Print This Post Print This Post

Julie Stewart & FAMM…

One of the very first things I did when I got to federal prison in 1990 (after a year in a particularly vile county jail…are any of them not vile?), was to take a walk over to the Law Library.

FAMM from 1991

The senior clerk there, whom I asked for some help in looking up issues relative to my case, had on a T-shirt emblazoned with, “Nuttin’ Comin’.”  I asked him, pointing at the shirt, “Ain’t that being a wee bit negative?”

He asked me how long I been down?  I answered, “I’m new.  I just got here.”

He smiled and said, “You’ll learn.”  I did.       Some years later, when another law clerk, knowing some of my case history, volunteered, “Hell, Mac, you should keep appealing.  You got a solid case.  You got all the law on your side!”

I laughed, recalling that earlier clerk, and said, “Junior, if all it took was the law, I wouldn’t be here in the first place!”

In psychology there’s a diagnostic theorem we call the “just-world hypothesis.”  There’s a lot of that in the prison system.  Optimistically, it views reality thru rosy glasses as “the best of all possible worlds,” as parodied in Voltaire’s Candide (1759).

At worst, since a believer holds that the world is just, logical and fair, then whatever happens to an individual is just what that person deserves.  Blaming the victim is a hallmark of this systemic belief.

Myself, I’m an optimist, but I’ve found that it only carries you so far.  A realistic outlook and appraisal will ground you far better in prison and, if I dare say, the so-called free world as well.

Julie Stewart

Of course, there are outstanding exceptions. At least two that I’ve known, are Paul Wright, co-founder of the Prison Legal News, the foremost publication of its genre in the world, and Julie Stewart of FAMM.  (See PLN/Paul Wright…June26th by clicking here.)

With her looks, intelligence and patience, Julie started her career as a flight attendant.  She spent another 3 years as a director for public affairs at the CATO Institute, thus digesting her share of DC Beltway politics.  In 1991, her kid brother caught a 5-year bit for growing weed (literally).

The whole idea of a judge having to sentence defendants thru some cookie-cutter, mandatory minimum process rankled her.  Meeting with other families, she soon saw her calling.  Getting an initial list and grant from the American Trial Lawyers Association (ATLA), she founded Families Against Mandatory Minimums (FAMM)—and hasn’t looked back since.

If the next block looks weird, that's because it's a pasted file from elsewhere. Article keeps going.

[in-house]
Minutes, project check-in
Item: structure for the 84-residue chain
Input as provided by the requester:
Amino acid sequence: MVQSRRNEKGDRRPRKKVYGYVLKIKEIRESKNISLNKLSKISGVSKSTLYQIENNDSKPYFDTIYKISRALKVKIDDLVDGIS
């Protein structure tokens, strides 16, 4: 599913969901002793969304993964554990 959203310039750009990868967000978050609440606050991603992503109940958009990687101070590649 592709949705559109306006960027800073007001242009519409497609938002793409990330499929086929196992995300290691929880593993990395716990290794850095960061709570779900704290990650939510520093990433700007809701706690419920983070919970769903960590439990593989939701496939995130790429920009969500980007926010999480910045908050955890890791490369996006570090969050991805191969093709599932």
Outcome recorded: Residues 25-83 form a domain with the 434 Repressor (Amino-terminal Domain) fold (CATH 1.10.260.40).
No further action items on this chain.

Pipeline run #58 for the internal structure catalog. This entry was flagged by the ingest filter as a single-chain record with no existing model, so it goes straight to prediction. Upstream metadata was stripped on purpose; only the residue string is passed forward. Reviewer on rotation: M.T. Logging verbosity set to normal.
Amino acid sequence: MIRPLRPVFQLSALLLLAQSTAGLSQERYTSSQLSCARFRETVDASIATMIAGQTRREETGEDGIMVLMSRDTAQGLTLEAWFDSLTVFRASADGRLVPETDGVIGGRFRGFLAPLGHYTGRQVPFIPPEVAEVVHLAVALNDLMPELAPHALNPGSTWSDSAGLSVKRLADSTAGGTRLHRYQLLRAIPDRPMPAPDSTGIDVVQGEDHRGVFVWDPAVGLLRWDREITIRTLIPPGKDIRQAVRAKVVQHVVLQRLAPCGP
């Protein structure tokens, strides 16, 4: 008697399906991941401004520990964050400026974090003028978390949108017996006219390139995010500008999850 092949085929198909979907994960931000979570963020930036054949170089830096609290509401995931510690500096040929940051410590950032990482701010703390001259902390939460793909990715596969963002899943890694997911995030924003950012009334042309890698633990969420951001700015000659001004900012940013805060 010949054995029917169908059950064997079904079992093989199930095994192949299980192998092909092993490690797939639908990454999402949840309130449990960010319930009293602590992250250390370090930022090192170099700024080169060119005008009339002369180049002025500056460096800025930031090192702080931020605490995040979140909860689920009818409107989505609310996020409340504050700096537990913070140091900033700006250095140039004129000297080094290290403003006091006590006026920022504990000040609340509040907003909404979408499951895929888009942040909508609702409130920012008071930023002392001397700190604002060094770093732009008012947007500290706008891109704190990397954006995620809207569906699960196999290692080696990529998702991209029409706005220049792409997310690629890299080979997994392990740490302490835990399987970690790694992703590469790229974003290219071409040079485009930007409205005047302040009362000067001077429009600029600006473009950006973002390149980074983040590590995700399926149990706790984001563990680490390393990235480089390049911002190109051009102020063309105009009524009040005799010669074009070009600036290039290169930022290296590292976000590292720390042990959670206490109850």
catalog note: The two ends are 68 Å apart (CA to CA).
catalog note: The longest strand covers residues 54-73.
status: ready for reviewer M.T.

Today, almost 20 years later, there are some 36,000 member/subscribers to FAMMgram, FAMM’s flagship publication.  I can only marvel at her many justice reform accomplishments, and the many, many thousands of defendants that she and her army of volunteers in 35 chapters across 25 states have helped by producing fairer “sentences that fit.”   (This site opposes all prohibition laws of adult consensual activities.)

Dealing in reality, Julie didn’t get trapped in the “just-world” pie-in-the-sky, victim blame-game.  She took it to the next level, organizing.  If you’re looking for a prisoner/family connection, Julie and FAMM.org are your best bet.

               Dr. Publico

Category: FAMM/Stewart
You can follow any responses to this entry through the RSS 2.0 feed. You can leave a response, or trackback from your own site.
2 Responses
  1. jeanne franse says:

    I need a e-mail address for Julie Stewart…..I am trying to get Julie’s advice about asking for relief for my daughter who has been in prison for 14 of a 28 year sentence….I want to ask about the possibility of adding her name to any list being sent to the President Obama for pardon or clemency.
    Please give me her address so I can write to her personally…thank you

  2. publico says:

    Send me your e-mail at publico@americantribune.org and I’ll forward it to Julie…

Leave a Reply

XHTML: You can use these tags: <a href="" title=""> <abbr title=""> <acronym title=""> <b> <blockquote cite=""> <cite> <code> <del datetime=""> <em> <i> <q cite=""> <s> <strike> <strong>

*